Brush Creek Canyon is a 217-acre preserve containing a rugged forested gorge along the Silurian Escarpment. Located two miles north of Arlington in Fayette County, it was dedicated as a biological and geological state preserve in 1968. Located on the western edge of the Paleozoic Plateau landform region, Brush Creek Canyon exemplifies the dramatic landscape of a prominent ridge extending through northeast Iowa known as the Silurian Escarpment. The steep slopes and exposed bedrock of this preserve are formed by 150-foot-tall outcrops of Silurian (435 million years old) dolomite of the Hopkinton Formation. Older, underlying shales are of Ordovician age (450 million years old). In many places, large blocks of dolo­mite have separated from the cliffs and slumped onto the soft, wet shales underneath, often rotating and leaning as they shift position. The spectacular bluffs and slump blocks are the result of a long history of natural stream erosion in the Brush Creek valley. A total of nearly 270 plant species have been found in the preserve. The rugged topography provides a variety of habitats, ranging from north and east-facing slopes that are deeply shaded, humid, and cool to south and west-facing slopes that are sunny, warm, and dry. Cliff faces host an interesting community of ferns, forbs, and shrubs, and are often dominated by Canada yew. Red oak, sugar maple, white oak, and basswood are the dominant tree species on the slopes. Blue beech and ironwood dominate the understory, with leatherwood, downy arrowwood and bladdernut found on the upper slopes.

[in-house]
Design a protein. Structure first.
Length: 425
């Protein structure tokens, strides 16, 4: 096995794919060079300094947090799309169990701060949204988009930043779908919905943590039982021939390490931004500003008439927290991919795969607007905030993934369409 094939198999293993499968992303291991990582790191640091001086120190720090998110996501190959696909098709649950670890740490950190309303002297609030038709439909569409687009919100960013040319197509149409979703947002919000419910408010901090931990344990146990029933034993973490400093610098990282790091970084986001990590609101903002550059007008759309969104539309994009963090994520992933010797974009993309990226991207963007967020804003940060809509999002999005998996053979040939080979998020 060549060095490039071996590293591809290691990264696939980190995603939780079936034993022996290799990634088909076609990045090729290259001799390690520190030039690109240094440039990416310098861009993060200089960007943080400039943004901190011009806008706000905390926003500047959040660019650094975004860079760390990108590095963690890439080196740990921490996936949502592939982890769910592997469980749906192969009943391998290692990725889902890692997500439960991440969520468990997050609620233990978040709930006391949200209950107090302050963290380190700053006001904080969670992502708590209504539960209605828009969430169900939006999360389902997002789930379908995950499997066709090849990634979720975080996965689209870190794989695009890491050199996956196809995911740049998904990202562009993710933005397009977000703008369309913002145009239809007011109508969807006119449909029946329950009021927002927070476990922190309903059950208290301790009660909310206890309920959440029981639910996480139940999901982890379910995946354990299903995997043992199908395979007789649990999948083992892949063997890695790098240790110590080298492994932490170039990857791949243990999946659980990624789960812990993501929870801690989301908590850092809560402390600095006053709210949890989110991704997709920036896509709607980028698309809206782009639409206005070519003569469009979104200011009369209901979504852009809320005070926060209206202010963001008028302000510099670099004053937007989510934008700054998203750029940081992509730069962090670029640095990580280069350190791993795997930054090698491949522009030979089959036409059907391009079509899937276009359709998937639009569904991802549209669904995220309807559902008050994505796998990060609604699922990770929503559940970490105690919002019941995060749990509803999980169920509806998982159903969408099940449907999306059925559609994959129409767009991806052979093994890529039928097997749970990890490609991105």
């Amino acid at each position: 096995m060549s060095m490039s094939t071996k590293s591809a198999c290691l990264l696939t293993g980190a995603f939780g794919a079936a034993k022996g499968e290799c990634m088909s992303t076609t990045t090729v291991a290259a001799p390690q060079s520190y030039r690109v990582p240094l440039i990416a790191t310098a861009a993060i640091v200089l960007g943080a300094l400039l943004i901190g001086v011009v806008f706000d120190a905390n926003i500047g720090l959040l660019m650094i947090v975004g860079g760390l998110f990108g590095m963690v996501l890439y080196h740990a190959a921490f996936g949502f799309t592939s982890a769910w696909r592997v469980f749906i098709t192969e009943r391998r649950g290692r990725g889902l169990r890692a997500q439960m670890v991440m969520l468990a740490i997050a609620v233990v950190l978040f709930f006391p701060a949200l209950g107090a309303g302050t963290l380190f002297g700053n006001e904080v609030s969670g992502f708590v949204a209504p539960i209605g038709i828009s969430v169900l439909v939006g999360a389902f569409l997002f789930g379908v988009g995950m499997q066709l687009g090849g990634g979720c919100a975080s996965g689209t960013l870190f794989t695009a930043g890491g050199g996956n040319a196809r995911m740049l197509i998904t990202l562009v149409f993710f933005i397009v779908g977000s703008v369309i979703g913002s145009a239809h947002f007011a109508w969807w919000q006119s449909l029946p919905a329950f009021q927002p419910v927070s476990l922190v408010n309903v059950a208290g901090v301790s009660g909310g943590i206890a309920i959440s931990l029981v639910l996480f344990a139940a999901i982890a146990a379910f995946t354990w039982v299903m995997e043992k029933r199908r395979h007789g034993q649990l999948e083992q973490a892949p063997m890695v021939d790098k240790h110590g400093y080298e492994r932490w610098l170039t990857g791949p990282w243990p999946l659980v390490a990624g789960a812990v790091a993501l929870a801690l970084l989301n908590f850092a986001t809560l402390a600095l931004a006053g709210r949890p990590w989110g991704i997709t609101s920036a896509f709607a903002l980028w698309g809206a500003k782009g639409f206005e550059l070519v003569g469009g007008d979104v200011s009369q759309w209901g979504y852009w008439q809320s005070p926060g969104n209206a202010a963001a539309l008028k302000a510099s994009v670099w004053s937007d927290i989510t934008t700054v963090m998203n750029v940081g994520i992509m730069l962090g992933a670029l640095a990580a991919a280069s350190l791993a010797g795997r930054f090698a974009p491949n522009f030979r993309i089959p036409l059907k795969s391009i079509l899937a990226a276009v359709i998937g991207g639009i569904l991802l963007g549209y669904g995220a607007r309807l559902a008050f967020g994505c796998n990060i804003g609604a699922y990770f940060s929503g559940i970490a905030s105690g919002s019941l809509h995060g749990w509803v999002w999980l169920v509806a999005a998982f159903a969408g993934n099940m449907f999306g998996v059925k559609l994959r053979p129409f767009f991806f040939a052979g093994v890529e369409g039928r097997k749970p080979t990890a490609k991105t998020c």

Categories: Field Trip